Maine lighthouses were the difference between life and death for thousands of sailors in the past.
The rugged coast that people come from all over the world to experience once claimed countless ships and lives before towers like the one on Boon Island rose up on the rocky shores to protect those at sea.
Navigating slowly through a thick fog, a ship could sometimes only be guided by the sound of the bell or foghorn.
For a more than a century, the keepers and their families lived under sometimes unimaginable conditions to keep their beacons lit.
Later in their history, many places like Whaleback served America in WWII as lookout posts against the German U-boats that were active in New England waters.
Today, in our world of GPS and radar, you could try to make a case that these sentinels are no longer needed. Certainly they aren't manned anymore, and their great lights and horns are all automated now.
But when I'm outside on a foggy night and hear the Nubble foghorn, I know just where I am in the world. I'm home. And I feel comforted just knowing that it's out there in the dark, keeping its watch.
Touring Southern Maine Lighthouses
Often, visitors to the area want to take a closer look at our lighthouses, to learn more about their history and their legends. For those people, there are some exceptional choices to tour the southern lighthouses of Maine.
When I was a child in Massachusetts, I was fortunate enough to take a tour in Boston Harbor with the incomparable Edward Rowe Snow, and I remember well sitting at his feet in the boat, thrilled with the stories he was telling about the harbor and its' islands.
Mr. Snow was a major chronicler of New England maritime history. He was famous as a historian of the New England coast and also as a popular storyteller, lecturer, preservationist, and treasure hunter.
When it came to New England coastal history, Edward Rowe Snow was the man. He knew everything.
Lighthouse lovers visiting our area are extremely fortunate to have access to a similar expert who is passing on his knowledge of lighthouses to the public.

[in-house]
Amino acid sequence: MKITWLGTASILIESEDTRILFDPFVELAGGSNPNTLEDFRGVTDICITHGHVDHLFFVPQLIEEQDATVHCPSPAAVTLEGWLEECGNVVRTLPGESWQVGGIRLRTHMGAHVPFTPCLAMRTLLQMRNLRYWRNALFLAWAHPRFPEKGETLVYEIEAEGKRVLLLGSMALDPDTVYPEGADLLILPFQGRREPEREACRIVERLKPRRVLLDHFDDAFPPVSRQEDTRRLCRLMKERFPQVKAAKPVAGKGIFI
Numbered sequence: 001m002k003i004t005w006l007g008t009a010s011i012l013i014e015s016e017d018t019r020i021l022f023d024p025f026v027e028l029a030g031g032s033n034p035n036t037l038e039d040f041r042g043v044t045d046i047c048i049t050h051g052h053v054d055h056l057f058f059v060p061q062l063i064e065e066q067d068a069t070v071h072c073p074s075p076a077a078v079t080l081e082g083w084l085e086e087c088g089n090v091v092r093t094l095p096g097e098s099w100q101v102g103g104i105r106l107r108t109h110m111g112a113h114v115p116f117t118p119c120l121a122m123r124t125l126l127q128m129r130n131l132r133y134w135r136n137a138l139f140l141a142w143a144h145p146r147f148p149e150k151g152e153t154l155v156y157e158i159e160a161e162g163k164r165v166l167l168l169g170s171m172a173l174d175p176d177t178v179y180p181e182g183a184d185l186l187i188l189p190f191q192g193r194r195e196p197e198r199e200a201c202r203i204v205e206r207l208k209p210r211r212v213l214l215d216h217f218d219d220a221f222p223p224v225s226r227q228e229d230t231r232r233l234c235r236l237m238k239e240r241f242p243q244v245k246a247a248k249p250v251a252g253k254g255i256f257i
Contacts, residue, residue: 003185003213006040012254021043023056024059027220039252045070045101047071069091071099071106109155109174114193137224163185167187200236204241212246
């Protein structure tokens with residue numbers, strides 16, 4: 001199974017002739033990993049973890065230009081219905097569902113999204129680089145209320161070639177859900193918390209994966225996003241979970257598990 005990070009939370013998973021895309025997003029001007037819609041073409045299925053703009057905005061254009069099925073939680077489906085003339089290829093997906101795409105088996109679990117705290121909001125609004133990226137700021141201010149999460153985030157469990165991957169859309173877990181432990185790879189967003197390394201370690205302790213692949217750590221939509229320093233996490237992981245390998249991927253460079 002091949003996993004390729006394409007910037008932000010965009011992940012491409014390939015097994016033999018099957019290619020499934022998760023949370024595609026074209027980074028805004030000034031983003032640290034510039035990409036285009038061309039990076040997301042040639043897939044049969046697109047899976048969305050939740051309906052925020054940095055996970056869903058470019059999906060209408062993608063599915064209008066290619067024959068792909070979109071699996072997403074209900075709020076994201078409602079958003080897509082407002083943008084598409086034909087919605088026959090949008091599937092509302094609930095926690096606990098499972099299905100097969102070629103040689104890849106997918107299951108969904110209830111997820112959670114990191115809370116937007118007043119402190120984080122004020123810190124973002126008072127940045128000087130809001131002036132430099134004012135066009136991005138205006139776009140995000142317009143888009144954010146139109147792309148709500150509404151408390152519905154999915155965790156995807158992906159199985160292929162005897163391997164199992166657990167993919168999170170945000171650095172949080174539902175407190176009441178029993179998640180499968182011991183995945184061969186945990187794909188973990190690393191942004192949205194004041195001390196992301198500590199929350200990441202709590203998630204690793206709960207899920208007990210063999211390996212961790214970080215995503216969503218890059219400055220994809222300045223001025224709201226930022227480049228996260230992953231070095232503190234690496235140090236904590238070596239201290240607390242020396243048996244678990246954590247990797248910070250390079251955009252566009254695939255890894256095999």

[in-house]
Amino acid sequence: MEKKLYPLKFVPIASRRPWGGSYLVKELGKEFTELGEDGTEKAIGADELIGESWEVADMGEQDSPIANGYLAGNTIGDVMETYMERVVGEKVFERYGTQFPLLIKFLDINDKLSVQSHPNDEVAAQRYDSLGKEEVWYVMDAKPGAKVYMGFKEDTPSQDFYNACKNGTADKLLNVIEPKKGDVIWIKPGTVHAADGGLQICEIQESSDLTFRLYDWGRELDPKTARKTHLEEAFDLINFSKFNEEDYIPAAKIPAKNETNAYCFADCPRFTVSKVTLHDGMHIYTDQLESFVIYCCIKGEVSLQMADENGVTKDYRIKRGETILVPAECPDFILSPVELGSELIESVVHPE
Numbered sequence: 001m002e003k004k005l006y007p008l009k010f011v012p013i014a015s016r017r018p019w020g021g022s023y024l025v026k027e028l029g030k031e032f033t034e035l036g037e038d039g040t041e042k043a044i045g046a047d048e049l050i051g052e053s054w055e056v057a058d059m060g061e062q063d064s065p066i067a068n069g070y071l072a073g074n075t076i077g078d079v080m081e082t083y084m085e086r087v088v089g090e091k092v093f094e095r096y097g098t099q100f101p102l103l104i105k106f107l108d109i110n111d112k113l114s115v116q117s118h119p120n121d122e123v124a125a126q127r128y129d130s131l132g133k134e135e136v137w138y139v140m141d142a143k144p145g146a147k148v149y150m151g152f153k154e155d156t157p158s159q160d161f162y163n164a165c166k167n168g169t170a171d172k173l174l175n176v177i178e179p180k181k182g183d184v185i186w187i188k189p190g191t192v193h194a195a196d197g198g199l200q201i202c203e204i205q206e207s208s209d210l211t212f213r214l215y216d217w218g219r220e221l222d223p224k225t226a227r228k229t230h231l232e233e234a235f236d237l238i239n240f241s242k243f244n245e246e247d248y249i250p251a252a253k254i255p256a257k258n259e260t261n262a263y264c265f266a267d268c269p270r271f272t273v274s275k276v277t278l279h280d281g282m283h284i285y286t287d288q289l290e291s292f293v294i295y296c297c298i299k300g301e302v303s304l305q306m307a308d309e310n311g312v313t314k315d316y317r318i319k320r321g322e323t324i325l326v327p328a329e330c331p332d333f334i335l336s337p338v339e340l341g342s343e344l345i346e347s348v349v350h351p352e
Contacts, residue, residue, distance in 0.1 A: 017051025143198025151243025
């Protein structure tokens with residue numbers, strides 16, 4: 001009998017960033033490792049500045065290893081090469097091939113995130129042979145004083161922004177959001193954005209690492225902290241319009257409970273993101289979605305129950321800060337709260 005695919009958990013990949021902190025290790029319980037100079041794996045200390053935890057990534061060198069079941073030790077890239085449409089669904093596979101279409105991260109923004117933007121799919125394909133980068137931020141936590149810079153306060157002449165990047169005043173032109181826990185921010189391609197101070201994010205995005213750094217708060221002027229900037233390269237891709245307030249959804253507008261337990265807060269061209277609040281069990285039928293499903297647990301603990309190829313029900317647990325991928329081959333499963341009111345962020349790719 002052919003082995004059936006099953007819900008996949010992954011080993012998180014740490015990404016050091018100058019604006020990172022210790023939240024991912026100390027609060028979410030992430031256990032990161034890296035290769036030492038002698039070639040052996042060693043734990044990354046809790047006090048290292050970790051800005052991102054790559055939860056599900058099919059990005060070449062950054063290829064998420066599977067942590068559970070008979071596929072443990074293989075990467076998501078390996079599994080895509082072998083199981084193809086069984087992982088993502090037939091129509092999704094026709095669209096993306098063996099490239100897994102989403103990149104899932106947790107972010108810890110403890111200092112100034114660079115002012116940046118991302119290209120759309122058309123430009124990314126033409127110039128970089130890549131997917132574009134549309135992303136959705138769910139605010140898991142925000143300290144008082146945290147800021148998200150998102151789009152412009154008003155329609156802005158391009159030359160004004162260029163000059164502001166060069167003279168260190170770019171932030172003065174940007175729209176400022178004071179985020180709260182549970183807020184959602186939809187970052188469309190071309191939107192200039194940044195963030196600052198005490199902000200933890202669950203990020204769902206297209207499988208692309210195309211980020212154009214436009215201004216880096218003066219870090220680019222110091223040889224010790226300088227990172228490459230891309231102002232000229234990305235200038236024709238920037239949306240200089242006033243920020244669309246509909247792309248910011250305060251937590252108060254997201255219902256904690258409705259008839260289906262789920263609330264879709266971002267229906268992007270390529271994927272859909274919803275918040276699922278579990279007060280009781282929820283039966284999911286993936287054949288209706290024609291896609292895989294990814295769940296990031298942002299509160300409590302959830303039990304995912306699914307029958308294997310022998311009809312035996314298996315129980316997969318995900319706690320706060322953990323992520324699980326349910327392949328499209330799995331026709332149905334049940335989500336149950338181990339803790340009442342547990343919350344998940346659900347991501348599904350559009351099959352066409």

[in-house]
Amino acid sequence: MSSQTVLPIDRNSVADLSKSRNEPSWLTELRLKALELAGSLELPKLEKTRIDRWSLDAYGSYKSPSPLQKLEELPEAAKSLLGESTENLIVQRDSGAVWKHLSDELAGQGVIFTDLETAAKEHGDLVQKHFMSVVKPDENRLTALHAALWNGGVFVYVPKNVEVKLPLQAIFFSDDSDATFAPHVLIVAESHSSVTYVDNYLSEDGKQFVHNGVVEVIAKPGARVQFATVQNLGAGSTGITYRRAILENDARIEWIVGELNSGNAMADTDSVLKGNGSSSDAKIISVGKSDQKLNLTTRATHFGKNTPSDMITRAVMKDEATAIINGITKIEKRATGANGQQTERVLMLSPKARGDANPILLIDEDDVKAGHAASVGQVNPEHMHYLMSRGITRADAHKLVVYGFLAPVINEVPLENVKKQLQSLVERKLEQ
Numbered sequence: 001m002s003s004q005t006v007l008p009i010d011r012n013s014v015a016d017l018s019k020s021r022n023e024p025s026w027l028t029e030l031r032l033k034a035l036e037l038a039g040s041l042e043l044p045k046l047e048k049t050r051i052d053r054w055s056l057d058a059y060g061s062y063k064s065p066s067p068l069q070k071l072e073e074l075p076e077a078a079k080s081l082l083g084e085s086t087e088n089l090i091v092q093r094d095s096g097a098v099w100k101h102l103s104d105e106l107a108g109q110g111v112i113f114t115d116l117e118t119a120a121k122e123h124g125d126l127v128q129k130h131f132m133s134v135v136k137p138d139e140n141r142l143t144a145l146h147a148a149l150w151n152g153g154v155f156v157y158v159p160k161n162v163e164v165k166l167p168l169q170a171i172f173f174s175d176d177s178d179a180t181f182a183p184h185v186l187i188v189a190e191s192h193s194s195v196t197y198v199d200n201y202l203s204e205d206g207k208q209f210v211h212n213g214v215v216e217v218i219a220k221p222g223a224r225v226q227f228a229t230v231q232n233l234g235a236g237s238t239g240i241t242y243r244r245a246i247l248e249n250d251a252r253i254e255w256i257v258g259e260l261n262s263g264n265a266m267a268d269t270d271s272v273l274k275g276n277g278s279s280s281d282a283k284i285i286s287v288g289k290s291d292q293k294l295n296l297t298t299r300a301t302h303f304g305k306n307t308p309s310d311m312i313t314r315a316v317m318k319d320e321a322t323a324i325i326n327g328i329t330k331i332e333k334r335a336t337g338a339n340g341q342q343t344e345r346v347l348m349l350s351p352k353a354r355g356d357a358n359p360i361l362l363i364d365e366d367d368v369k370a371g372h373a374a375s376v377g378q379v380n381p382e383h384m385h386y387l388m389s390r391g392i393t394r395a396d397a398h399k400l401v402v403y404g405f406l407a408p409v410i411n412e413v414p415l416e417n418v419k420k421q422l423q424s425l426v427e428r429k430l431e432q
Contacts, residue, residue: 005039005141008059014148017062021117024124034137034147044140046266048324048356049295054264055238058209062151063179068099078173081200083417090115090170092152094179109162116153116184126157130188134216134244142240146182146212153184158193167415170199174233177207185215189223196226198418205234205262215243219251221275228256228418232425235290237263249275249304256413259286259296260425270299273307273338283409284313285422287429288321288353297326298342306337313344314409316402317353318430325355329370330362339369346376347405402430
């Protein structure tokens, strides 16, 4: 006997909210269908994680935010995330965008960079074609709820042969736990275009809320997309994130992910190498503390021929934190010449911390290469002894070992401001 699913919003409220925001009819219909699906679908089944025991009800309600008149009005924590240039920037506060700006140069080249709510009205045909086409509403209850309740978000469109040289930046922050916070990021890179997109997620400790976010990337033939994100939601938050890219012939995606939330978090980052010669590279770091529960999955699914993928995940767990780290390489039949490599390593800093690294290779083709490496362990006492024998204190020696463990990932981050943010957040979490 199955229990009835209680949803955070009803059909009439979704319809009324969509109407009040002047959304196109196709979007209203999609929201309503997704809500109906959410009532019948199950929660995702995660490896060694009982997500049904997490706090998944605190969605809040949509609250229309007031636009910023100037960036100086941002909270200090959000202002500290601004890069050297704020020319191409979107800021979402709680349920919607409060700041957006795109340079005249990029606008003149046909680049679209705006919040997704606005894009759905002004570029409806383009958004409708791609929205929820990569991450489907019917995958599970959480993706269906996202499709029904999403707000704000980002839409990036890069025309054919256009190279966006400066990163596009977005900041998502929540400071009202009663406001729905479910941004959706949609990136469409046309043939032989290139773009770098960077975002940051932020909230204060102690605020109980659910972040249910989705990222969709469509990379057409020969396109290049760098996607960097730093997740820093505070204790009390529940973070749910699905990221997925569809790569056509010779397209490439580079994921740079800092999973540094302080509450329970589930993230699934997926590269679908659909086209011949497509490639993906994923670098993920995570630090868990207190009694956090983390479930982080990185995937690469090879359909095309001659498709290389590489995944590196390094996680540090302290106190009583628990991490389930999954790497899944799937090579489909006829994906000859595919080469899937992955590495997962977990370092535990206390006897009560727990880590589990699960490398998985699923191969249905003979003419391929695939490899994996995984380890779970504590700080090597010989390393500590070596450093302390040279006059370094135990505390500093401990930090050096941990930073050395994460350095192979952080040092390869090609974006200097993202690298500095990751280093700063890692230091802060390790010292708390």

Jeremy D'Entremont has been called the leading expert on New England's lighthouses. He's been photographing and writing about lighthouses for about 25 years.
Jeremy is the founder of the Friends of Portsmouth Harbor Lighthouses, and the president of the American Lighthouse Foundation. He has lectured on his favorite topic all along the New England coast.
Portland area lighthouses on the tour include Maine's oldest, the 1791 Portland Head Light, Spring Point Ledge Light, Cape Elizabeth Light, Portland Breakwater Light. A waterfront lunch is included at the Spring Point Marina.
Returning south from Portland, this tour makes a stop at the Lighthouse Depot in Wells for a uniquely Maine shopping experience, then continues on to explore Nubble Lighthouse in York before returning to tour the inside of Portsmouth Harbor Lighthouse in New Castle, New Hampshire.
Below is a wonderful 7 minute video from New Hampshire Chronicle that features both Jeremy and the Portsmouth Harbor Lighthouse.
There's even a few lighthouse ghost stories towards the end, too!
You can also opt for the tour that stops at L.L. Bean in Freeport Maine for an hour and a half of shopping, Pemaquid Point Lighthouse, Doubling Point lighthouse on the Kennebec river, and finally the Portsmouth Harbor lighthouse.
No time for an all day tour of Maine lighthouses? No problem!
Click below and do some exploring of our local southern Maine lighthouses without ever leaving your chair...